The first Pentecost
Just before Jesus ascended to heaven, he told his disciples to wait for him. So they did, meeting quietly in a room in Jerusalem. Ten days later, on the day of Pentecost (one of the Jewish festivals), something very dramatic happened. You can read about that here, as recorded in the book of Acts. The disciples were filled with a new confidence and power, and in some amazing way everyone could hear them speaking in their own languages. They talked about Jesus having died and risen again; they said that Jesus was the Lord, and that they needed to believe in him.
So in another sense, that Pentecost was the real start of the church. The word ‘church‘ comes from the Greek word ekklesia, which means, simply, an assembly – literally ‘called out’. It was used as an ordinary secular word by the Greeks, although Jesus gave it a special spiritual sense during his working life, when he said that Peter – one of his disciples – was the rock on which he would build his church.
These days, the English word ‘church’ is only really used in relation to Christians. More confusingly, it’s sometimes used to mean a building where people meet, sometimes it’s used to mean a local gathering of believers, and sometimes it’s used to mean all Christians throughout the world. However we use it, the concept of believers in Jesus being different from others started some time after that special Pentecost when the disciples were filled with special power and authority from God (the Holy Spirit).
What was the early church like?
We have some clues about the early church in the book of Acts. For instance, at the end of the second chapter, we’re told that the Christian believers shared their possessions, and had meals together. They didn’t just meet for an hour or two once a week – they shared their lives, as extended families. Nobody went hungry; they all looked out for each other. And daily, more and more people joined them.
But it wasn’t all so cosy and ideal. The authorities who didn’t like Jesus didn’t want his followers to become powerful and challenge them. Some of the religious leaders of the time were very unhappy, too, about the thought of a new religion infiltrating their country. The fourth chapter of Acts tells us how Peter and John were taken before a court and told not to speak about Jesus any more. When they refused to obey, they were sent to prison, although they didn’t stay there for long.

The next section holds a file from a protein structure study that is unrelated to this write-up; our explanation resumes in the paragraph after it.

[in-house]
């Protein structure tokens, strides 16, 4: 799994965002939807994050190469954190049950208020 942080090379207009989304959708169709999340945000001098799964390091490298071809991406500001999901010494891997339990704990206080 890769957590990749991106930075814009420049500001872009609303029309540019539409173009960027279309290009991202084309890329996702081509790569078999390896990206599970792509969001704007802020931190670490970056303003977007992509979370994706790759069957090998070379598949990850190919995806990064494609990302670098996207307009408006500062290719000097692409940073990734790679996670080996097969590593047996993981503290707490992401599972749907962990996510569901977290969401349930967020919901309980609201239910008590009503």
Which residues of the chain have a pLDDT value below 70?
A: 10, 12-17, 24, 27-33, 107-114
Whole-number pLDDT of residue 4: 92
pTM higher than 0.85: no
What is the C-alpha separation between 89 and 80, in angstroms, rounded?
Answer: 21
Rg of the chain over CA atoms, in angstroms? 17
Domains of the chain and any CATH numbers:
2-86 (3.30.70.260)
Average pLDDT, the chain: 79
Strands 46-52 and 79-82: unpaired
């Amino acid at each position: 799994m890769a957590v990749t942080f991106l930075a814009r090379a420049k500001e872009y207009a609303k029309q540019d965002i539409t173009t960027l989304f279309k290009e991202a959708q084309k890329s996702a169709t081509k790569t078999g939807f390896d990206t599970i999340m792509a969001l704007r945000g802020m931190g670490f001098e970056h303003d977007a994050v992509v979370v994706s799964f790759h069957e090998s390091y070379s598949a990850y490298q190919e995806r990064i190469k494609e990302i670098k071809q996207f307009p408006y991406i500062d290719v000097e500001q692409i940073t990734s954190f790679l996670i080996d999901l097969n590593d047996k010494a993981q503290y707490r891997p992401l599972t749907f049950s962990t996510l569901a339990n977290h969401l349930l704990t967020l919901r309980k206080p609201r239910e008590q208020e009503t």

As the number of believers grew, people had to be appointed to deal with the administration of food and money (the equivalent people are usually known as deacons or church council members these days). All too quickly, or so it seemed, real trouble started – what we call persecution. One of the new deacons was a young man called Stephen who was a gifted speaker as well as being an administrator. He spoke out in public for Jesus, saying what he believed, and was stoned to death. He’s known as the first Christian martyr. It might seem as if Stephen was deliberately stirring up trouble if you read about what he said in the seventh chapter of Acts, but he had to stand by what he believed.
Moreover, some of the new believers left Jerusalem when the persecution started, which meant that they started talking about Jesus to people much further afield, some of whom would never have heard of him before. God also used some direct strategy: for instance, an important official from Ethiopia was travelling through the region and met Philip, one of the early disciples. Philip told him about Jesus’ death and resurrection, and the official went back to his country to tell others.
There was also a proud, well-educated Jewish Roman citizen called Saul, who was one of the people that approved of Stephen’s murder. God gave him a dramatic vision, which turned him right around. You can read about that in Acts chapter 9. From that point he became known as Paul, and spent most of his life travelling around the Middle East and parts of Europe telling people about Jesus. Paul was a missionary – literally meaning one who is sent out.
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